(a) Rebbi Shimon permits the oil that remains in a lamp - because the owner actually anticipates using the remaining oil when the lamp goes out; whereas a person is unlikely to anticipate on Erev Yom-Tov that his healthy animal is going to become blemished on Yom-Tov. And besides, who says that he will find a Chacham to inspect the animal and declare it blemished?
(b) On the other hand - a woman is permitted to eat fruit which she forbade with a Neder and which her husband released only on Shabbos - because, when she initially makes the Neder, she actually has in mind that it will only stand if her husband upholds it, and that, should he not wish to do so, he will annul it.
(c) Fruit that someone forbade on himself with a Neder, is permitted when it is released by a Chacham - because, unlike the inspection of a Bechor, this does not require a Chacham (which it is not always easy to find), but any three Jews, who may stand in for the Chacham, and release the vow. And that should not be difficult to find.
(a) The Gemara initially thinks that Rebbi Shimon's reason for the prohibition of moving a lamp whilst it is alight, is because he might extinguish the light whilst transporting it.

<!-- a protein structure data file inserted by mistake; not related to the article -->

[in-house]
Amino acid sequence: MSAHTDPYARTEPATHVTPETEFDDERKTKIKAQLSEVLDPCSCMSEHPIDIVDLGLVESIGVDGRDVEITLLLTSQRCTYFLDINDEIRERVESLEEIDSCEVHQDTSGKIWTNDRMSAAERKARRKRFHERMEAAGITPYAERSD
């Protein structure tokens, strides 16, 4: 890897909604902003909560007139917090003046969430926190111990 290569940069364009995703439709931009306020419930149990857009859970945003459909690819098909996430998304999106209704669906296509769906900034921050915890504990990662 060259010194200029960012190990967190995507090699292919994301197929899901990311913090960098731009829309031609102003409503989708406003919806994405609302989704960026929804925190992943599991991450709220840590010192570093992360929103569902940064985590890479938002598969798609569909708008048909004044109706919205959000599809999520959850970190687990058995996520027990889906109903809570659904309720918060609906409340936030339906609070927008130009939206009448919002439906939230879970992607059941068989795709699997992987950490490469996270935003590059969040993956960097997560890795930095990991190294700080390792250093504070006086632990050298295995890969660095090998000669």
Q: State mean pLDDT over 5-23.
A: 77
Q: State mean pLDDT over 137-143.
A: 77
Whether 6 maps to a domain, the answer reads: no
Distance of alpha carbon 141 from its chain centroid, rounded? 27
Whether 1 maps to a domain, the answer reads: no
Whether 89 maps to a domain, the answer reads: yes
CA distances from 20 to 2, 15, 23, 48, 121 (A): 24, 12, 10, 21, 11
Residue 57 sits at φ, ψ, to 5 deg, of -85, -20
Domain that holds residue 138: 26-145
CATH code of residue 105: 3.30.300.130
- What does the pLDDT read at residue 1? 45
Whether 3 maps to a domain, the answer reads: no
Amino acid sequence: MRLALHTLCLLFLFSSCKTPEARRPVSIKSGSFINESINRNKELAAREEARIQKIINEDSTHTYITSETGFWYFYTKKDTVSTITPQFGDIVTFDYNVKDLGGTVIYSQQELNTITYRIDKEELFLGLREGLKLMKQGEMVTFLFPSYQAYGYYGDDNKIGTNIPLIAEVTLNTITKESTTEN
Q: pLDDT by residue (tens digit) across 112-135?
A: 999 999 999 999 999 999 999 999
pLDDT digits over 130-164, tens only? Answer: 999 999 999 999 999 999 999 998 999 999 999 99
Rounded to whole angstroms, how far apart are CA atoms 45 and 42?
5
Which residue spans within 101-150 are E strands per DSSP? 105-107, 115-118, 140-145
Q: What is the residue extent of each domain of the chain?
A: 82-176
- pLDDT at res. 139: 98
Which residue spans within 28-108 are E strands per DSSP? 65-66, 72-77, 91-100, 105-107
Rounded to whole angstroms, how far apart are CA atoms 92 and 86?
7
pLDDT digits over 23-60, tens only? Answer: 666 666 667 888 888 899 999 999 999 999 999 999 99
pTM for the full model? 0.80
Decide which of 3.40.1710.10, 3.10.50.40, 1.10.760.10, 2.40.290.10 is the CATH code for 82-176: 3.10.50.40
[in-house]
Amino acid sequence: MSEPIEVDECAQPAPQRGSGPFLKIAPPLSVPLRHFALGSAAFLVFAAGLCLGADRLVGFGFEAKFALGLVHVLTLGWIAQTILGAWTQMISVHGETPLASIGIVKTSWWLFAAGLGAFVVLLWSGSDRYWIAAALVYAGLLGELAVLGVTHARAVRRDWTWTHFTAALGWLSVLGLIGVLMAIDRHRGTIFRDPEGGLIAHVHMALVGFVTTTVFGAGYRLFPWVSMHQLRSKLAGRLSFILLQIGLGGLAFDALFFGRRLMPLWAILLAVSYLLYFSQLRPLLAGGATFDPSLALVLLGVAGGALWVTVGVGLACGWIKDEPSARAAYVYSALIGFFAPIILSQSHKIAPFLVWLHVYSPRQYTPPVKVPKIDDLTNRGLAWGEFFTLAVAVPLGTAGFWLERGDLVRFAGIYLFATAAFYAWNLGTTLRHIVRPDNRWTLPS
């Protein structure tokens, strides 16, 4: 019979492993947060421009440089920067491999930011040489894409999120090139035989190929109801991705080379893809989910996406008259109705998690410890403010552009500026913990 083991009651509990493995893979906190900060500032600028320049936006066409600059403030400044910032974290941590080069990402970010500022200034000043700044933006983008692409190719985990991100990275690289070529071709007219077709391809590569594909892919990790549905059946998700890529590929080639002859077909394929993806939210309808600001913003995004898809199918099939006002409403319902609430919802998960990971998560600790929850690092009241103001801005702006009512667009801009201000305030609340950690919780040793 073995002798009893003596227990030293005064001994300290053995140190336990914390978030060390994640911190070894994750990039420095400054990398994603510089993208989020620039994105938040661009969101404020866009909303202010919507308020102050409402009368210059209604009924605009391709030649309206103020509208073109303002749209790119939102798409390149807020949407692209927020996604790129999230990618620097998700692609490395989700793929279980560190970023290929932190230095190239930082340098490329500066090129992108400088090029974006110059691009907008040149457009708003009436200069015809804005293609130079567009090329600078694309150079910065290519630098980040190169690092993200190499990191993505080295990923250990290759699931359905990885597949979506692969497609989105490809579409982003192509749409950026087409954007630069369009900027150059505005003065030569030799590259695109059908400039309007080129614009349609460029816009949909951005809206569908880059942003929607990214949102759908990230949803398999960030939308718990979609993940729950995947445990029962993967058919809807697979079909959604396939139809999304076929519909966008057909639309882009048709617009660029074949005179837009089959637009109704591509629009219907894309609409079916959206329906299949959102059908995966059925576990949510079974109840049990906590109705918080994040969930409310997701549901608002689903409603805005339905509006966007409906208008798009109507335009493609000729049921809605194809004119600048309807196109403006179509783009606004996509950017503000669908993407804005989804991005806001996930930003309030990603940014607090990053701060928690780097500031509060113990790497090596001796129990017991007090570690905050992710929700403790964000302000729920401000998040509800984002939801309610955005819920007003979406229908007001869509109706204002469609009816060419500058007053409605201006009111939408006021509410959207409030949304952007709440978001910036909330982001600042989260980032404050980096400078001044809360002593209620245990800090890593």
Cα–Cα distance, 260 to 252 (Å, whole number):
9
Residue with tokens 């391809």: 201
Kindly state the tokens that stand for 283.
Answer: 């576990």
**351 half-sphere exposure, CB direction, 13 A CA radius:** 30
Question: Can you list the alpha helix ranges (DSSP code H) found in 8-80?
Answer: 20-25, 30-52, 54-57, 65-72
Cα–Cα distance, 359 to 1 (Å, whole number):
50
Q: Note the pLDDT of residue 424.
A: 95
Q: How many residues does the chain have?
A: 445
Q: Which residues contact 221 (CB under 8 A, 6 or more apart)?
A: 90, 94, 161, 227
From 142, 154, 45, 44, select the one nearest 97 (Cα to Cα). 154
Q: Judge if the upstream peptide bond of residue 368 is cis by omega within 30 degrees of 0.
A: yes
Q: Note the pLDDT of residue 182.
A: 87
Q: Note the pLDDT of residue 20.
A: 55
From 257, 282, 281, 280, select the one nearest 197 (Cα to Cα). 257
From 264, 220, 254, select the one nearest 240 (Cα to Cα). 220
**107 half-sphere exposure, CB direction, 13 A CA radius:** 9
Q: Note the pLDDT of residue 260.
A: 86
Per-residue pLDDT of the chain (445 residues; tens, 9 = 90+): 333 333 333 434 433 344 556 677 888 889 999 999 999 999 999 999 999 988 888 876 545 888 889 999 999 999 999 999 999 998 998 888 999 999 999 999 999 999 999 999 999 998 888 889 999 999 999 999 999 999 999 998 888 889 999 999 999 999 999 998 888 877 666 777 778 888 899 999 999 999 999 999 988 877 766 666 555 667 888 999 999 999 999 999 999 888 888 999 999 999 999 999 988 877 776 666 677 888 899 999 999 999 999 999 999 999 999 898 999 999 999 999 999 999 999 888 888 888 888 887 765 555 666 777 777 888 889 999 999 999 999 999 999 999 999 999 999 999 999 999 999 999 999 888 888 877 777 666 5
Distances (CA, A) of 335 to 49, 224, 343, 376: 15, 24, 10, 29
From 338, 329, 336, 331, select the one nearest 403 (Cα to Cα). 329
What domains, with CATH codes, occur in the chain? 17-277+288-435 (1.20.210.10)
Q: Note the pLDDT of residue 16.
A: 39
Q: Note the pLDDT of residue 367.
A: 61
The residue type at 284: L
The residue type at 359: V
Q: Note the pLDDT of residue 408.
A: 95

(b) Indeed this is a 'Davar she'Ein Miskaven' - Nevertheless, Chazal were stringent with regard to extinguishing a lamp (seeing as to do so deliberately involves a Chiyuv Kares - notwithstanding the fact that it is usually a Melachah she'Einah Tzerichah le'Gufah; however, they were strict with regard to the Melachah of Mechabeh, treating it like a Melachah d'Oraysa). Whereas someone who drags a bench along the ground, is not Chayav, even if he deliberately makes a furrow, since it is not the conventional method of digging furrows. Consequently, it constitues no more than a 'Melachah ke'le'Achar Yad', for which one is Patur. Therefore they did not issue any decrees, but permitted it Lechatchilah, there where one does not intend to make a furrow.
(c) This answer however, is unacceptable - in view of the Mishnah in Kil'ayim, which permits salesmen to wear clothes which contain Sha'atnez, in order to demonstrate them to potential customers, provided they do not specifically intend to derive benefit from them in sunny or rainy weather. So we see that, even in a case when an intentional act results in an Isur d'Oraysa (wearing Kil'ayim), Chazal nevertheless permitted a 'Davar she'Ein Miskaven'.
(d) The author of this Mishnah must be Rebbi Shimon - because the criterion of whether one may or may not wear the garment, is whether one intends to derive benefit from the garment or not, a criterion that is constantly quotes in his name.
(a) The Tzenu'im - used to hold the garment over themselves on a stick, so that they would not derive benefit from the garment - even inadvertently.
(a) We finally conclude that Rebbi Shimon's reason for prohibition moving the lamp whilst it is alight is because the lamp, the oil and the wick are a Basis to the flame, which is certainly Muktzah because it is not a K'li (a category of Muktzah known as 'Muktzah Machmas Gufo' - Refer also to note on 45a, at the conclusion of review answer 2.)